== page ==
Marvelous, pure thought that differs from the straight line we call earth.

Posted by: Henry at October 26, 2004 2:35 AM

Very interesting text to read.

I agree and disagree with you on every point metioned ? why ? because I like to see things in absolute relativity.

More like an absolute flow of existance. (Now I guess youve heard that one before)

With you writing this down you are fixing this flow into text while the flow is still going on, just like I am now, while you are constantly going on an changeing just like you discribed the world does to.

I still love the indepth angel and way you have discribed this infinate issue and yet keped it so simple.

Excuse my english, its not my first language ?!

Posted by: Philip at November 9, 2004 9:36 PM

this is great stuff only I'm already under these protocols... one you should add is "just don't give a fuck.."

Posted by: Ahmad A. el Itani at November 10, 2004 11:19 AM

Good stuff. I read the whole thing and I have A.D.D.

I disagree on only one point; "Picasso was not a great colorist"

It`s a bit like saying Frank Lloyed Wright was a lousy carpenter.

Patron standing next to Picasso at one of his exhibits: "What does this painting represent Mesiuer (sp) Picasso?

Picasso: "it represents 7 miliion francs madame."

Posted by: JJGittes at November 25, 2004 11:02 AM

This advice kinda makes me want to turn the computer off for a few weeks and take the time to rethink what the hell I am striving for.

Thanks for the wake-up call.

Posted by: Edibletv at November 26, 2004 8:15 PM

So popular! Really terrific!~
Hope you'll contribute more.

Posted by: Mabel at December 7, 2004 4:52 PM

Don't I know you from somewhere?
Ah, I got it... we work the same place. :)

Posted by: Paul Bischoff at December 10, 2004 4:14 PM

Wonderful! Brilliant! Insightful! Clever too. But I disagree with #7. Day jobs are what kill us - in your metaphor they make us impotent. When I was your age I was an advertising copywriter - and I am still mad at client-banker Bill Green who had the power to step on my best lead line. If you get stuck in a day job, hate it, fight it, escape! Cash for sex, that's the formula for a joyful life. As a fairly prim 68-year-old woman, I would prefer another metaphor.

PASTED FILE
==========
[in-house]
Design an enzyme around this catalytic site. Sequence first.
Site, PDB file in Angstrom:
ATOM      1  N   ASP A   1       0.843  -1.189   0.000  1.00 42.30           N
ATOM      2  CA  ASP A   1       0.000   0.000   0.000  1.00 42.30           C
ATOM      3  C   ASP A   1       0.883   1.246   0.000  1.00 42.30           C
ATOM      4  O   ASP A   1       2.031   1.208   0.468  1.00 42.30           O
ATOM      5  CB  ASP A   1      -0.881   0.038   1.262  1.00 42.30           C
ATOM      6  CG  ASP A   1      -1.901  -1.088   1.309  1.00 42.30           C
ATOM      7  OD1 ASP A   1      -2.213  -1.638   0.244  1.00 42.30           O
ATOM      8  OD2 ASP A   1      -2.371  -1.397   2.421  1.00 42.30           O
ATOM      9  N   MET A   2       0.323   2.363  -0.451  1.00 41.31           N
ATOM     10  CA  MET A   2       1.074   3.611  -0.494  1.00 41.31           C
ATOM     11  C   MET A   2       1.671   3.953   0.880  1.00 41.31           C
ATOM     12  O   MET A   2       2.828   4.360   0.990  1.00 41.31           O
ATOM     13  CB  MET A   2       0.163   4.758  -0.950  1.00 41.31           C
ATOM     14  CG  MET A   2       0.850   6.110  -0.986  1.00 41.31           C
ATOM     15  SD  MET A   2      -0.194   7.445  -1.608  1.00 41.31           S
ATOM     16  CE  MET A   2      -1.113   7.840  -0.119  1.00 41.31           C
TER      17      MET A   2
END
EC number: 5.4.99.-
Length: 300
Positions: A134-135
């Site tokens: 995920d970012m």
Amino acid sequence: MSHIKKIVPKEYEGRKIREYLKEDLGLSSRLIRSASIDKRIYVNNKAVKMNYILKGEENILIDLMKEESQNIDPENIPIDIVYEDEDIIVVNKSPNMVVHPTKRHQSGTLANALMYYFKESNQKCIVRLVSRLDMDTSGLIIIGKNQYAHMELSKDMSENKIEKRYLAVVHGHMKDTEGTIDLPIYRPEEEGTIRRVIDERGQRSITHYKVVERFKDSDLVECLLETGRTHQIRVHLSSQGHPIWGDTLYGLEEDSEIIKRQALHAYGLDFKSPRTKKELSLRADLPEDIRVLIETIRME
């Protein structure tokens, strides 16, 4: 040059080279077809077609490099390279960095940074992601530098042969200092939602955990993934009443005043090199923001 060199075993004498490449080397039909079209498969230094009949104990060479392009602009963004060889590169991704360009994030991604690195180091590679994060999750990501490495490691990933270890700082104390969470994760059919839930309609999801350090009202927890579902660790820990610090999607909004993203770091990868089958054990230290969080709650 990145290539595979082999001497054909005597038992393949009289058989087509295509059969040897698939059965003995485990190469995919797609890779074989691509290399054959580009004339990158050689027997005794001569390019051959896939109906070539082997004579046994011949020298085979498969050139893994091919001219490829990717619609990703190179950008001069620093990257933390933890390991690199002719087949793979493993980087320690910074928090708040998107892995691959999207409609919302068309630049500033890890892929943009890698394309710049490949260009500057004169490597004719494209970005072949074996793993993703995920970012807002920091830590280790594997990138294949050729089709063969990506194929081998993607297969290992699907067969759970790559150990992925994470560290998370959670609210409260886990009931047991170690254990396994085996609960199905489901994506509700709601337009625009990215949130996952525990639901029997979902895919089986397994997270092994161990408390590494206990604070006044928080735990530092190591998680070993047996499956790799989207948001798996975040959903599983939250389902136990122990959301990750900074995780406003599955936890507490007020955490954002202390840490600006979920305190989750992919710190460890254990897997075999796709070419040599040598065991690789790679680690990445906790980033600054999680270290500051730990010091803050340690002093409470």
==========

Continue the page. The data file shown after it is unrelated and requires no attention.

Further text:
Posted by: Judy Breck at December 29, 2004 1:15 PM

This was a very heady read. Thanks a buttload!

Posted by: Alter Nation at December 29, 2004 4:03 PM

te alabamos seor..est bueno

Posted by: waka at December 31, 2004 11:42 AM

I don't know what the moral of this story is but;
I spent several months working with someone who, I thought had the most obvious hair piece ever invented. I mean it curled up at the edges, frizzed under strong light sources, went brittle in the cold and damn near slipped off when he perspired. Everyone pointed, kids chuckled, people whispered and some even got bold enough to comment. These comments made him somewhat irate and it dawned on me that he actually believed it was real hair. Then I began wondering if he was quite stable, was he in some form of denial? Had it been surgically replaced during a coma? Did he really not know? I became obsessed and began plotting ways of revealing the terrible secret to him. By my careful manouvering we started having the occassional social drink and in this lay my opportunity. He was a heavy drinker and prone to collapse in public houses, he was also shrewd and no one could associate with him who was not also prepared to down gallons of alchohol. I drank and I waited for my chance until it came when, one evening, he lay sprawled accross a seat in the local pub. My problem was that I had also been wobbling on the verge of stupour and collapse. Not to worry, I was determined, I scrambled my way accross to him and tugged at his hair piece......? It didn't come off, I pulled harder, it was damn good glue or something. I held up four fingers to myself but I could see six. I looked closely at his scalp and I am quite convinced that every single hair had a root, it was real hair, all of it, but how..........? I collapsed...... alchohol poisoned.

Since that day people have been looking at me funny. I don't know why especially, apart from the excessive drinking seems to have affected my hair a little bit. I had a good look in the mirror and it did seem a bit odd. To start with I though he had got back at me by shaving my head while I was out cold. I thought he had glued a hair piece to my head but I can't pull it off and I'm sure there are roots. It's just something is not quite right about it............I'm not sure what though?

Posted by: mark at January 5, 2005 12:59 AM